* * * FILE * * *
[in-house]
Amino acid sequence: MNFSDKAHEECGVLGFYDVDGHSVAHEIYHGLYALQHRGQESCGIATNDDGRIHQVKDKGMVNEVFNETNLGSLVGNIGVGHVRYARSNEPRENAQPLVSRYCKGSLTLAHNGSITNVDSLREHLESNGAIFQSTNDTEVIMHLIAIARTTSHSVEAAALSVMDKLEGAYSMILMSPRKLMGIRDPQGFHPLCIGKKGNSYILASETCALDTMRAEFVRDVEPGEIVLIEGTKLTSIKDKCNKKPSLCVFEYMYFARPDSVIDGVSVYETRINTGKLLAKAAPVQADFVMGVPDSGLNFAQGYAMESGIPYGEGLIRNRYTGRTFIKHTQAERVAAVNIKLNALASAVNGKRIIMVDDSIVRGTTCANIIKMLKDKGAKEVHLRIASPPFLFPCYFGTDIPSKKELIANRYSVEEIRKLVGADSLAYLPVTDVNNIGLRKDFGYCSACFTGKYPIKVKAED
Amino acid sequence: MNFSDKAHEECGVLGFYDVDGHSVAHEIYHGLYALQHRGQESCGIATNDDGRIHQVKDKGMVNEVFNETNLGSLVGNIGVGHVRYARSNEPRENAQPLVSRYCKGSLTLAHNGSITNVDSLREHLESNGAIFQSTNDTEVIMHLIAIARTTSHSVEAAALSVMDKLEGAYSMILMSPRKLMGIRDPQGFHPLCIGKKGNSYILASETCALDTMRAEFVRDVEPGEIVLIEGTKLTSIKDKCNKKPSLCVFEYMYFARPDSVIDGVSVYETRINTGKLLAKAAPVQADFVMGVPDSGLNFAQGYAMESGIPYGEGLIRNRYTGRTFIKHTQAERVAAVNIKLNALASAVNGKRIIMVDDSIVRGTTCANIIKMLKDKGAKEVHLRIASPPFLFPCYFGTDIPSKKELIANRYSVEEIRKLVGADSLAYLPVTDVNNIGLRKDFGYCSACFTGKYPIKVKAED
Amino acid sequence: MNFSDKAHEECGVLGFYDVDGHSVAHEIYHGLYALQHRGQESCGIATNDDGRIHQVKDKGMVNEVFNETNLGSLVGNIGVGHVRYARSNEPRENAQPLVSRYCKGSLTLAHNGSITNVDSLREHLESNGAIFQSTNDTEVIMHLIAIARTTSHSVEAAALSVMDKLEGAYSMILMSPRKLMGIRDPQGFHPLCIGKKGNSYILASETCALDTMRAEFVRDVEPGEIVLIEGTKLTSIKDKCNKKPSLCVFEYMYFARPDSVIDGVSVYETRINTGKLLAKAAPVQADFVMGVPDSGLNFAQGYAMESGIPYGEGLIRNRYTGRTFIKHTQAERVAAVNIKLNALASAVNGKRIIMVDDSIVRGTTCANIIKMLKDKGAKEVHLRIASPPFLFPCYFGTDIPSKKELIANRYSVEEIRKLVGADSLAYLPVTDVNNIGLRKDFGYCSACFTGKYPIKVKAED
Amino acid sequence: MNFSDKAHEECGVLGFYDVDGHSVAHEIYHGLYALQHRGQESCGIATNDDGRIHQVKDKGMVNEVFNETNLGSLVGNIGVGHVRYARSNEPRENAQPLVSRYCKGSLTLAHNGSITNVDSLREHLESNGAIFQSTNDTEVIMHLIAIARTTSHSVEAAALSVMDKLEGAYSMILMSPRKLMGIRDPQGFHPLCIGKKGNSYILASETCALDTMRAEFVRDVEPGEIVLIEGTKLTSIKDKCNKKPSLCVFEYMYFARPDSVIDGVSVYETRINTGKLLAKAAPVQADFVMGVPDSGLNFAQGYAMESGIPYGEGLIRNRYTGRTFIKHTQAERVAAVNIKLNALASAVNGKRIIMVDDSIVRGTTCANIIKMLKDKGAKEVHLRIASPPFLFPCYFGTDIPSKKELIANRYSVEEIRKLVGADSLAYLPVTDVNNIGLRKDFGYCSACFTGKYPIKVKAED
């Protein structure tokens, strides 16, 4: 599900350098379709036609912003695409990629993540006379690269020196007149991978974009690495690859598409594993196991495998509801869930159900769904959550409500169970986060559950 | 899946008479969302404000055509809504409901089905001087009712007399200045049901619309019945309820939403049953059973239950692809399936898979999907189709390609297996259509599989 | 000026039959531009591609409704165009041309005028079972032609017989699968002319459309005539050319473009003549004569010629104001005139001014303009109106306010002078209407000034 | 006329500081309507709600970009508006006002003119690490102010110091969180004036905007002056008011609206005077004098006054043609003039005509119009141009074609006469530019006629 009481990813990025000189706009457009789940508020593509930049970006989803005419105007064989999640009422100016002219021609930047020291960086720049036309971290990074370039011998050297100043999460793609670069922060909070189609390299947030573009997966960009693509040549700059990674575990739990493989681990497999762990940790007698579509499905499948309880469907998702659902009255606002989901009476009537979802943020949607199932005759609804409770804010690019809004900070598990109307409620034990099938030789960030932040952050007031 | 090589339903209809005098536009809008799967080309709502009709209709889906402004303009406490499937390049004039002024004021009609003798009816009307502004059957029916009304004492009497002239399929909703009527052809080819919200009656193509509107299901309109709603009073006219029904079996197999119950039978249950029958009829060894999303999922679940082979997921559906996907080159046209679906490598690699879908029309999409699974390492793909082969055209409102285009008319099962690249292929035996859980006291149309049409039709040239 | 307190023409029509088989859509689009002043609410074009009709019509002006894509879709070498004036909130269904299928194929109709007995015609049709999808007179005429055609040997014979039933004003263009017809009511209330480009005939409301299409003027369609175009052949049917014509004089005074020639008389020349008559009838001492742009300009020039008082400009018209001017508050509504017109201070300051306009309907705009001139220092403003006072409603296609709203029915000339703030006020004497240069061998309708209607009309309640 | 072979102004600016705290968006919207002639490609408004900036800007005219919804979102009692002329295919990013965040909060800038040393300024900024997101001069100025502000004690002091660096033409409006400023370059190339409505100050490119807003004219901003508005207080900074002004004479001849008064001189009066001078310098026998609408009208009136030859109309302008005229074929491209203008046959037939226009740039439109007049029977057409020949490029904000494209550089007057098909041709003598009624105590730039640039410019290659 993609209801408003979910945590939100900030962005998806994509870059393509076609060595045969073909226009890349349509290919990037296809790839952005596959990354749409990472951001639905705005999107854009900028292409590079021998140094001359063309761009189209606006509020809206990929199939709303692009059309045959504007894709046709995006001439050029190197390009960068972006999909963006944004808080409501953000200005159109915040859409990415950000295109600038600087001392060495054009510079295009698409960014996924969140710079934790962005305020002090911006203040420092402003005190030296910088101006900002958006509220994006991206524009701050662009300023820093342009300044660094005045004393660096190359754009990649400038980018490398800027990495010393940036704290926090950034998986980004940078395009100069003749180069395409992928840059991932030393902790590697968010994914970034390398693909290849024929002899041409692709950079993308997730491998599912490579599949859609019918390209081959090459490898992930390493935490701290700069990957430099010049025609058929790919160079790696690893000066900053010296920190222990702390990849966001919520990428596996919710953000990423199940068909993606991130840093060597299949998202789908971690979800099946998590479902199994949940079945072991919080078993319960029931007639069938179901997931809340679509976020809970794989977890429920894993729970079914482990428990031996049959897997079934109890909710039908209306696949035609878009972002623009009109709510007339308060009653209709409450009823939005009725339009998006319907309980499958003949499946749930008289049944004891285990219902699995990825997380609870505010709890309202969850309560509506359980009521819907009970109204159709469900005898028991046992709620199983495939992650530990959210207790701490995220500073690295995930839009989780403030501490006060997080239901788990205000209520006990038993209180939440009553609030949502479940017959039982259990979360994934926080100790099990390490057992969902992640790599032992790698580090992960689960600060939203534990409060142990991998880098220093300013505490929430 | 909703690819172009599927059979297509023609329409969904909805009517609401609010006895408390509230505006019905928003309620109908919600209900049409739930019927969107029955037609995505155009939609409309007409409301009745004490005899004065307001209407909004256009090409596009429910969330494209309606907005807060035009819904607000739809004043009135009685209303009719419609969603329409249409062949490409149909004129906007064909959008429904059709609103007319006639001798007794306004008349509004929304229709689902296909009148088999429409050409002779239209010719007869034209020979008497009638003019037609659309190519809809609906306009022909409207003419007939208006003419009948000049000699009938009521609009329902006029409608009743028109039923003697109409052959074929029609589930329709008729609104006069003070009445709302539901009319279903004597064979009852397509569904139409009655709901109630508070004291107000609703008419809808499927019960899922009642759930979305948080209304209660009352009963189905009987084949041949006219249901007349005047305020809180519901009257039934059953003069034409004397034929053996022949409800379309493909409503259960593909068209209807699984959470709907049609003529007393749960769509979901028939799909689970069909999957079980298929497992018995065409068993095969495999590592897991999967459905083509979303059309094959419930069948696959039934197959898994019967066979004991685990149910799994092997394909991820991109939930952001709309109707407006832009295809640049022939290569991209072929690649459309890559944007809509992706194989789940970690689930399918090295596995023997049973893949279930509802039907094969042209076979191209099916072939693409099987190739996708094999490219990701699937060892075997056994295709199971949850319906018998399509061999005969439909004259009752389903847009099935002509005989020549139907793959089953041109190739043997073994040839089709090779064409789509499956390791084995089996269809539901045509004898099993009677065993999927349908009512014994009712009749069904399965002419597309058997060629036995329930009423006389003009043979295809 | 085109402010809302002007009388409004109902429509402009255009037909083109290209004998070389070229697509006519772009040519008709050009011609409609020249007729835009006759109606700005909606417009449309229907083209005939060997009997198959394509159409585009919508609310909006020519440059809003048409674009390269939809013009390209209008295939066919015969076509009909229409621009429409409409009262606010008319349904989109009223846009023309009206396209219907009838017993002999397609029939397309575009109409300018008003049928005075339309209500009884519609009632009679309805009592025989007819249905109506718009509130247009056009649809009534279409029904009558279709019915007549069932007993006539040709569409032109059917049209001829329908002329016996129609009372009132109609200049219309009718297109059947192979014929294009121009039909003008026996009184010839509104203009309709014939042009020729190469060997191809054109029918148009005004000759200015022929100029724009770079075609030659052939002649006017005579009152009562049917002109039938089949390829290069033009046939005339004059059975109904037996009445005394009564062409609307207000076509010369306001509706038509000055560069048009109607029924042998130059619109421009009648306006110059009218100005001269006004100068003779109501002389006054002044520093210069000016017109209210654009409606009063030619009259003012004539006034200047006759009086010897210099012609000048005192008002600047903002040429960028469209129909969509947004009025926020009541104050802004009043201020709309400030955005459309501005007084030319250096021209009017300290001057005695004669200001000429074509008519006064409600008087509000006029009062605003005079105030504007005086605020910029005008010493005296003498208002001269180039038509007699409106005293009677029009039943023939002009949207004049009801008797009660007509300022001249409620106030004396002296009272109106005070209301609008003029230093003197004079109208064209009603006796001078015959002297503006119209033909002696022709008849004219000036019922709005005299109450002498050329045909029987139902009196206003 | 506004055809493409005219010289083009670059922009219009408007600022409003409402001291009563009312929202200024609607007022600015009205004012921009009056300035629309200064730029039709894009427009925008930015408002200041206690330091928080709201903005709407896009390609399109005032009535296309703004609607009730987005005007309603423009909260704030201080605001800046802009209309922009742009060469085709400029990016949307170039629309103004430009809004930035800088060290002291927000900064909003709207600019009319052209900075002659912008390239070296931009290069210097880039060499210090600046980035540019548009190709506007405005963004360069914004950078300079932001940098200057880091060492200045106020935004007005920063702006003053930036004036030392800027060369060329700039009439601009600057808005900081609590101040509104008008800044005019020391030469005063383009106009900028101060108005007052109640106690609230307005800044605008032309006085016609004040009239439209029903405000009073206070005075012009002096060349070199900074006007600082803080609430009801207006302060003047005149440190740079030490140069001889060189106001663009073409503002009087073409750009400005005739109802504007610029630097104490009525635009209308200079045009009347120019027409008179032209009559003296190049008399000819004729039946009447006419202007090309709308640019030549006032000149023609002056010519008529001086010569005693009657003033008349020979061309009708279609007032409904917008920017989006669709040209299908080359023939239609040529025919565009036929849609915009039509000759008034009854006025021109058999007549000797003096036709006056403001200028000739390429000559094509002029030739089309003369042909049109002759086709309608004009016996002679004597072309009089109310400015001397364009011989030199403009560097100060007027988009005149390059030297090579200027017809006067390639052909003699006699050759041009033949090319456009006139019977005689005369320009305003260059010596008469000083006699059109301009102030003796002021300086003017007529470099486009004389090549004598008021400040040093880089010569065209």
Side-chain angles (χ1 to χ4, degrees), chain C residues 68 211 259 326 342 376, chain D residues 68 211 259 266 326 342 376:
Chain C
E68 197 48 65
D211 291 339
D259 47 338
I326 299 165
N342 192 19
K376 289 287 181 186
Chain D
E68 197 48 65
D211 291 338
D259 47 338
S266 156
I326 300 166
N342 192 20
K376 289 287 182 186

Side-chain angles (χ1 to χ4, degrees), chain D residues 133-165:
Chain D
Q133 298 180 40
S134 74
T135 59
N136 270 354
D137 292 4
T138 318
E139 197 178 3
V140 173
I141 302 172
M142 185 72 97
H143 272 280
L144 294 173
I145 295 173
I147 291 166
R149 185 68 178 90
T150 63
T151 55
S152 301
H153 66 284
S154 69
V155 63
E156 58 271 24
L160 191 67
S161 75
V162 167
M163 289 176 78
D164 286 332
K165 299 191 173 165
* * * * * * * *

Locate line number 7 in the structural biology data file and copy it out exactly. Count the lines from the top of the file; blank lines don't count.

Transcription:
Side-chain angles (χ1 to χ4, degrees), chain C residues 68 211 259 326 342 376, chain D residues 68 211 259 266 326 342 376: